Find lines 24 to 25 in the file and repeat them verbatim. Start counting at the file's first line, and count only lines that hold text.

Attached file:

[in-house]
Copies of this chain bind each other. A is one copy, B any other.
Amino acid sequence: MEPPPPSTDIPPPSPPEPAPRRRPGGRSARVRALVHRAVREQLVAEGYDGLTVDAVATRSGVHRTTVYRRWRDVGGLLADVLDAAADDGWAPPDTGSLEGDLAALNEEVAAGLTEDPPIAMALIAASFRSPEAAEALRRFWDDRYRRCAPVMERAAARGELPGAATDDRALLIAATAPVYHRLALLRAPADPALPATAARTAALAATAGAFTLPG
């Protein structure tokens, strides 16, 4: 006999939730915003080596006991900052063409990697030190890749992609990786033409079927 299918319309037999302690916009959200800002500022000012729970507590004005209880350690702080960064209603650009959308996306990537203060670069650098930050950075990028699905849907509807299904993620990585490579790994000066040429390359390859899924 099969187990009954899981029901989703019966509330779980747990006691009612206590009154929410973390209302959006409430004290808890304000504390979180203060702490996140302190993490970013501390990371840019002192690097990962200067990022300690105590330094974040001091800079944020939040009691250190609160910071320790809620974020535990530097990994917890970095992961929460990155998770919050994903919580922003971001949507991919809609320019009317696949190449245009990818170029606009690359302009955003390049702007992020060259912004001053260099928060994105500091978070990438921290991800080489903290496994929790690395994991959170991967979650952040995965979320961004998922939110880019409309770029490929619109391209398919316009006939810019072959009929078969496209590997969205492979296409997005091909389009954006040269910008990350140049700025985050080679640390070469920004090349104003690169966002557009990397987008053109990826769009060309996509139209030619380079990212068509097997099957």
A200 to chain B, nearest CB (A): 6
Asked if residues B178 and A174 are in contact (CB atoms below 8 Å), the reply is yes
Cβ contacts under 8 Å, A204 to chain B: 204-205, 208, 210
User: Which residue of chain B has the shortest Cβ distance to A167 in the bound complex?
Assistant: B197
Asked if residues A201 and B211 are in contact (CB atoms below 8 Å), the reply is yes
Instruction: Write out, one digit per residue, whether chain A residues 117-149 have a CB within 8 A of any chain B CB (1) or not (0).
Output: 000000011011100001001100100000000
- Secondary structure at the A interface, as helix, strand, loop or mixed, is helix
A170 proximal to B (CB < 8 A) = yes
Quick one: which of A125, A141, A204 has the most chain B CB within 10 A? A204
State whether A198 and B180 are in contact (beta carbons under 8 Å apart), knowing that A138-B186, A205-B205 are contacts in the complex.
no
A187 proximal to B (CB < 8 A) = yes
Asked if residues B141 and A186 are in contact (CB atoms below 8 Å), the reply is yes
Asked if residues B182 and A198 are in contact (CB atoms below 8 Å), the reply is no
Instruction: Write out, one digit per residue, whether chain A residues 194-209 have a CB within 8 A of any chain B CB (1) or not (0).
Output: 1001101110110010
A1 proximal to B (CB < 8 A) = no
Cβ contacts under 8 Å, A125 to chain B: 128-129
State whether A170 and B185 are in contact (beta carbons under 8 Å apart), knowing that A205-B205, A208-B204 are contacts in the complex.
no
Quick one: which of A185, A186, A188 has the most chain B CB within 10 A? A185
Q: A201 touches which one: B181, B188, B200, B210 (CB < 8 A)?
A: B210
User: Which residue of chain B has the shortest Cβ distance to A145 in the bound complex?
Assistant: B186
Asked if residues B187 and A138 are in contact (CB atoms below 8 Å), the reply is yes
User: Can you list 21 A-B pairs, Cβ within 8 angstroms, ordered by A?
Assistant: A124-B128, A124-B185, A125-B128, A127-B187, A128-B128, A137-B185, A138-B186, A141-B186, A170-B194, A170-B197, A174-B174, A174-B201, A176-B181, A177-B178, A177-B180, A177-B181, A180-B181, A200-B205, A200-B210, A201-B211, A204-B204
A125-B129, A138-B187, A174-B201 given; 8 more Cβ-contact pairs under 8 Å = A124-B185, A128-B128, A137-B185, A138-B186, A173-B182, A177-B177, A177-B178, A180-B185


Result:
Cβ contacts under 8 Å, A125 to chain B: 128-129
State whether A170 and B185 are in contact (beta carbons under 8 Å apart), knowing that A205-B205, A208-B204 are contacts in the complex.